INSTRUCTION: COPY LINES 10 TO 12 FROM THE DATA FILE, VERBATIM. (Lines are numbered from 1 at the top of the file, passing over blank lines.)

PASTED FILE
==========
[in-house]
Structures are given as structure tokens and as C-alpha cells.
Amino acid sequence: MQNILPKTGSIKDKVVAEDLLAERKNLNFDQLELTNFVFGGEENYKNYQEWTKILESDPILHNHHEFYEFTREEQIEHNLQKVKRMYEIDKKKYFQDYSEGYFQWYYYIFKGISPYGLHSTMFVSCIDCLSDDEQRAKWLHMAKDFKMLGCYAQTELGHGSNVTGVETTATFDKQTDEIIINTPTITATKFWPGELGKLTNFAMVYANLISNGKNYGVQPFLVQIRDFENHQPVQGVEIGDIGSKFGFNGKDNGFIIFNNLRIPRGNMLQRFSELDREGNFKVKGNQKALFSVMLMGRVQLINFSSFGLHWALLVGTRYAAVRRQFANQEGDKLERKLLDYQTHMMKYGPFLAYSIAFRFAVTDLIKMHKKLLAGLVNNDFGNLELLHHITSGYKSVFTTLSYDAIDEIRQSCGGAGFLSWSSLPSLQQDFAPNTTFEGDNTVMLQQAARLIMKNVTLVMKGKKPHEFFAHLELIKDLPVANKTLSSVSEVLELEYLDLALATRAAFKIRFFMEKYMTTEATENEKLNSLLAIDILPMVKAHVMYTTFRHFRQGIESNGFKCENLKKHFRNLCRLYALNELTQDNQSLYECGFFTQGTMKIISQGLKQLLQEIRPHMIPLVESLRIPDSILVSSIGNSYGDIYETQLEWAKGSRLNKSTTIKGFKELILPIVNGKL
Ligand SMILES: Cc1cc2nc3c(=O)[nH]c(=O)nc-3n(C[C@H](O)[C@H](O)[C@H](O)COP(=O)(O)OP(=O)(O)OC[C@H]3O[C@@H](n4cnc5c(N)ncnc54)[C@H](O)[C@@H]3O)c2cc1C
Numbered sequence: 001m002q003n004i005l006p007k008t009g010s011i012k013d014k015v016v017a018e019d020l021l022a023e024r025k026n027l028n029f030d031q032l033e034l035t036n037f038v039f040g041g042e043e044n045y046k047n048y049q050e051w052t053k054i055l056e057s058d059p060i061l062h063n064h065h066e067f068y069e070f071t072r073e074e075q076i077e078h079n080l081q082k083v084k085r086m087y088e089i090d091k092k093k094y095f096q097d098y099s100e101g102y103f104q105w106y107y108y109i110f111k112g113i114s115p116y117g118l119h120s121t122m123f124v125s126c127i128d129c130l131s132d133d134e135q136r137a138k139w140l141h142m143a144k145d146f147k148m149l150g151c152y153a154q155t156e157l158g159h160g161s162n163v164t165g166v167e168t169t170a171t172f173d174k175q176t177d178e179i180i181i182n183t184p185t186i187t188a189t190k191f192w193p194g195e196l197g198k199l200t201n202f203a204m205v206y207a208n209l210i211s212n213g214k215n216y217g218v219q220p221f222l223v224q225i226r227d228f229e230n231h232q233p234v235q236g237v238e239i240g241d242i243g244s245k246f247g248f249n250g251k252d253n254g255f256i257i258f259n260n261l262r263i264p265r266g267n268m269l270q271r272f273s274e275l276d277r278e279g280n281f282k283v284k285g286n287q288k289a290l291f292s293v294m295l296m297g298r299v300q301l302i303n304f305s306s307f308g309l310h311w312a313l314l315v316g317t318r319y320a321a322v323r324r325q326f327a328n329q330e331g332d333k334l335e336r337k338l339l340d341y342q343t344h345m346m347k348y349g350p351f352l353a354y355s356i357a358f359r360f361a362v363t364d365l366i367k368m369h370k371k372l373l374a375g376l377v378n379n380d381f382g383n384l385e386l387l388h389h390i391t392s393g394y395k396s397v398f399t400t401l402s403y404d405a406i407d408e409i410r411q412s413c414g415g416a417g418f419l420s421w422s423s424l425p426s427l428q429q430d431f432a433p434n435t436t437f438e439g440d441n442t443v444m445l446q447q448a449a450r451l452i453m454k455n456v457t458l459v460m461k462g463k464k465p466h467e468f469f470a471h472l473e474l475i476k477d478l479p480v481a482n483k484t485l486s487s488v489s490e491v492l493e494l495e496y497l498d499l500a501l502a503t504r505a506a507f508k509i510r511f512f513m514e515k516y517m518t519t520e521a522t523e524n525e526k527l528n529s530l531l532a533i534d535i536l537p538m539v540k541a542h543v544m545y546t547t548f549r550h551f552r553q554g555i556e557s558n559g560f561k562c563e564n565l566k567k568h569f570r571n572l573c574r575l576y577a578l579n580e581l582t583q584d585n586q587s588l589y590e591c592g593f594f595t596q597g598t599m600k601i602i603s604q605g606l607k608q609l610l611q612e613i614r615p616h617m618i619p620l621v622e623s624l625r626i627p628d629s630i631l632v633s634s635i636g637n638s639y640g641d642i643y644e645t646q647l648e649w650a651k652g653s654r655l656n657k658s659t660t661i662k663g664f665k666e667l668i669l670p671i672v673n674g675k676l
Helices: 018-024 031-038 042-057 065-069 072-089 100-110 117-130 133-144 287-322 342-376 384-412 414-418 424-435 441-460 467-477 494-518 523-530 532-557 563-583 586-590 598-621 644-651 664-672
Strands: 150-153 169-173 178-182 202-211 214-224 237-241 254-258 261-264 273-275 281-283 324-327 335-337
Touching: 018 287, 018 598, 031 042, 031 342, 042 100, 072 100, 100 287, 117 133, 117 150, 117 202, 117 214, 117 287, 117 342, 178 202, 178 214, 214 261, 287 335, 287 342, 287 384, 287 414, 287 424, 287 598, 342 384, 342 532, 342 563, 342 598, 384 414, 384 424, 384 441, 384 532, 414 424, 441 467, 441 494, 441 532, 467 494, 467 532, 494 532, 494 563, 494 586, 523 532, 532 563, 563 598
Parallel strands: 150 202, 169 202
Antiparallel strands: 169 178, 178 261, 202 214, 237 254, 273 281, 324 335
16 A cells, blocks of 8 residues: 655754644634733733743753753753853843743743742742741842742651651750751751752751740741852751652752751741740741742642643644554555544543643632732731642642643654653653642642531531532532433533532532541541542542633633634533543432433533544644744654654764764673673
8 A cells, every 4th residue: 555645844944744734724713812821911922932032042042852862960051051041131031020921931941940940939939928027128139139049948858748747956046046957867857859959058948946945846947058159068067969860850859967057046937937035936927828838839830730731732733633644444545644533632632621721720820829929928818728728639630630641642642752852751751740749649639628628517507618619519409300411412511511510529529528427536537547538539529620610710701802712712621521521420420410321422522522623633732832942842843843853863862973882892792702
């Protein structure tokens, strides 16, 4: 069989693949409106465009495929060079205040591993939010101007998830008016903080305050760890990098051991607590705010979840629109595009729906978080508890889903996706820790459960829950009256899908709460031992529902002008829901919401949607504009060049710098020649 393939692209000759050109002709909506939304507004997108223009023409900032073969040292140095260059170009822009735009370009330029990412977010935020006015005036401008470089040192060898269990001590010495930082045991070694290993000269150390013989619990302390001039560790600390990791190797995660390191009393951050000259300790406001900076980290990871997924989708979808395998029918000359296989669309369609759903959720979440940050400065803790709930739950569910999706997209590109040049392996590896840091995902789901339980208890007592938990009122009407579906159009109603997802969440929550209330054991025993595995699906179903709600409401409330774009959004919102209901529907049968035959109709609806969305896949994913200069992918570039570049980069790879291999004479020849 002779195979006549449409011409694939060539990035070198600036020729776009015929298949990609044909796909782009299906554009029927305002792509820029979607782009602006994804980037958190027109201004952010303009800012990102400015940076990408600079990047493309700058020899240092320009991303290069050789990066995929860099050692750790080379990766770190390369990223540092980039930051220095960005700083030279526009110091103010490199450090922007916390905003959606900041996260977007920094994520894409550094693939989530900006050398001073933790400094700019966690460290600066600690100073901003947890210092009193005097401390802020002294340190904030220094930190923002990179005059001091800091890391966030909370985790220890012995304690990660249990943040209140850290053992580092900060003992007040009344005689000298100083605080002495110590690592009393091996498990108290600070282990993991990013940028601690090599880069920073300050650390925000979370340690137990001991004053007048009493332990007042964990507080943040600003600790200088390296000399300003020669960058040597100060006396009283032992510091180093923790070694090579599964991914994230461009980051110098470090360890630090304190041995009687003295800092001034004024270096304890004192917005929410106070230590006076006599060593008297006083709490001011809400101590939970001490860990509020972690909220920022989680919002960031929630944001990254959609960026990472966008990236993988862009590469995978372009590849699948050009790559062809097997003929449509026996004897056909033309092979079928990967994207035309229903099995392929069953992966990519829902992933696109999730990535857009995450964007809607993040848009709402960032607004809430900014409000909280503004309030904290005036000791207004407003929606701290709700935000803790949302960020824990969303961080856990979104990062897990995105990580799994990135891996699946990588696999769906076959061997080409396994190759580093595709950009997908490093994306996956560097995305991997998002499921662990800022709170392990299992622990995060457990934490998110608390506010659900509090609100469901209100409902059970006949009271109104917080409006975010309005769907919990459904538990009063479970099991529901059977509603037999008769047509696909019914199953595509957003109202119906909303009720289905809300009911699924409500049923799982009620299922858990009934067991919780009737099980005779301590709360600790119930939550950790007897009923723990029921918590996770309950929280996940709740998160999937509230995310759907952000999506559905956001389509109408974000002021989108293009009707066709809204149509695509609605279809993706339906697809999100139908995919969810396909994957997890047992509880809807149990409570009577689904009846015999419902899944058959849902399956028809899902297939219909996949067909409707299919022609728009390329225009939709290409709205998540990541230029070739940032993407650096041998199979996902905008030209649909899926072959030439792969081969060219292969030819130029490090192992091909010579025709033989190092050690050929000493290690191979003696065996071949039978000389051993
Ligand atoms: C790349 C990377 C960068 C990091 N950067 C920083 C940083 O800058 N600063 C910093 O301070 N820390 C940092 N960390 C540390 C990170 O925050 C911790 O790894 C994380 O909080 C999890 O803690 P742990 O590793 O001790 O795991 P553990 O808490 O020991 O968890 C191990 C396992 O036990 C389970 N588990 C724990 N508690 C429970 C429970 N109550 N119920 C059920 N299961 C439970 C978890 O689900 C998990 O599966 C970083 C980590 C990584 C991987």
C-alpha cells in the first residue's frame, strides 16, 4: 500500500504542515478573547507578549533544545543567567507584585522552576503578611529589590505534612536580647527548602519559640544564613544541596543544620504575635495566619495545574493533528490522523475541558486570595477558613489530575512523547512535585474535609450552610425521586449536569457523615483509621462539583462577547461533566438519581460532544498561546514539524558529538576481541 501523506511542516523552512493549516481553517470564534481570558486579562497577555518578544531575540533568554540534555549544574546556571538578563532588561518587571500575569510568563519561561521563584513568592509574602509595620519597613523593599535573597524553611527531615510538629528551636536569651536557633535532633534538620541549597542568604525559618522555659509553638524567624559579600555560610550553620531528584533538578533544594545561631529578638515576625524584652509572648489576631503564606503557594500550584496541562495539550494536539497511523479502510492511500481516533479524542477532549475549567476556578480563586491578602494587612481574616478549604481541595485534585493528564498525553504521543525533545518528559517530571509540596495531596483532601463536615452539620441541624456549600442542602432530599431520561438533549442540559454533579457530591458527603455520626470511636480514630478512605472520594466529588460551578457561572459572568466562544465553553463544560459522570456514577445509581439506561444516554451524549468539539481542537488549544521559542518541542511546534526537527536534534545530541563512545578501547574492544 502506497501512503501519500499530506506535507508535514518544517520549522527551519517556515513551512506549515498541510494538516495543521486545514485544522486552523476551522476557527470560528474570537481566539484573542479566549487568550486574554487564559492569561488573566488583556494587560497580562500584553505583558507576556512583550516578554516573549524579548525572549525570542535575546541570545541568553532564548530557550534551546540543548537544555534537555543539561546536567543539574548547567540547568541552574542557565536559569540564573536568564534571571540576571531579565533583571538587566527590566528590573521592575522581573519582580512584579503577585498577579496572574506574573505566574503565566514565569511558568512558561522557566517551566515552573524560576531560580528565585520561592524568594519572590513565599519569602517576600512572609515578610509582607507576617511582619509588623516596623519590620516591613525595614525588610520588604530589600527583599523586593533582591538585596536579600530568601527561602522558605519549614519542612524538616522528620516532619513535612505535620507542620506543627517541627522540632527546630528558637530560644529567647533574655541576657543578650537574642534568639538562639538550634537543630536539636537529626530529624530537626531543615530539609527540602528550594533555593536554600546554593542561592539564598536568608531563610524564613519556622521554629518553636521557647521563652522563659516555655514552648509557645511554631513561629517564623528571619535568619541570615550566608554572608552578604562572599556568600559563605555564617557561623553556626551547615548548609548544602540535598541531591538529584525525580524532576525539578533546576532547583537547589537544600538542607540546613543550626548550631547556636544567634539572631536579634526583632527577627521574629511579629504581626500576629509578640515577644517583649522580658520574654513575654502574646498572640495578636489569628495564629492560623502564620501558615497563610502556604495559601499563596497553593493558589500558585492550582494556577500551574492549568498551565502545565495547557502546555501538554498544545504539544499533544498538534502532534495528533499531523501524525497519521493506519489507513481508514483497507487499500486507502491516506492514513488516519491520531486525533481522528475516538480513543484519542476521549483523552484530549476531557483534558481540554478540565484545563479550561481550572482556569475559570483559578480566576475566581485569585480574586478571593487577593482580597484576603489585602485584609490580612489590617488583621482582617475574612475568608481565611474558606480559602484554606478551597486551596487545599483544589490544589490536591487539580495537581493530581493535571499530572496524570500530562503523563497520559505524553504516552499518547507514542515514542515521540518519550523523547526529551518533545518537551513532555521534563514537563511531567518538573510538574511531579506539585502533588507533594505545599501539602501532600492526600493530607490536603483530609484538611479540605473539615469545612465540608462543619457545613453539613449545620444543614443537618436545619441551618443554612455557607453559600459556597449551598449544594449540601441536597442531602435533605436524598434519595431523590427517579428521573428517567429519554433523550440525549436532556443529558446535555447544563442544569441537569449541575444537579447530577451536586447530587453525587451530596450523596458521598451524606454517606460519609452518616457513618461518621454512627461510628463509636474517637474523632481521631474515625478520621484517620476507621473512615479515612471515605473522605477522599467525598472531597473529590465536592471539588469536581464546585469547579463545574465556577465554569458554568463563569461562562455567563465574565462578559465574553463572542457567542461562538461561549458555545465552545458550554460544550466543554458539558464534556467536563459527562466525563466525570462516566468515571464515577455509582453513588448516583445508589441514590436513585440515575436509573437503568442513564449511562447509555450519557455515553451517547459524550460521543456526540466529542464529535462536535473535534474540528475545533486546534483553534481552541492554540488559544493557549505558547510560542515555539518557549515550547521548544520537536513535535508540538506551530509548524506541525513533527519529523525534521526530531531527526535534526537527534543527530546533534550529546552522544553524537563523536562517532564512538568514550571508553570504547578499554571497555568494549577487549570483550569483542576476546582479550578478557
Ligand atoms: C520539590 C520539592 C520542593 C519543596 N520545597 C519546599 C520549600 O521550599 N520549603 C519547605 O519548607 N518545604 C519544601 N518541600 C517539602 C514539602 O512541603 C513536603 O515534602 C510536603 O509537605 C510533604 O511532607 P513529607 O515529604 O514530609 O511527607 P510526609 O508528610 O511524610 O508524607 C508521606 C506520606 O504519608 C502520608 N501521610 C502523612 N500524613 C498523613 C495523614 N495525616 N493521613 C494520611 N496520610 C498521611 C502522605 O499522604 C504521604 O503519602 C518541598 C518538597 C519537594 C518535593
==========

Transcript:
Antiparallel strands: 169 178, 178 261, 202 214, 237 254, 273 281, 324 335
16 A cells, blocks of 8 residues: 655754644634733733743753753753853843743743742742741842742651651750751751752751740741852751652752751741740741742642643644554555544543643632732731642642643654653653642642531531532532433533532532541541542542633633634533543432433533544644744654654764764673673
8 A cells, every 4th residue: 555645844944744734724713812821911922932032042042852862960051051041131031020921931941940940939939928027128139139049948858748747956046046957867857859959058948946945846947058159068067969860850859967057046937937035936927828838839830730731732733633644444545644533632632621721720820829929928818728728639630630641642642752852751751740749649639628628517507618619519409300411412511511510529529528427536537547538539529620610710701802712712621521521420420410321422522522623633732832942842843843853863862973882892792702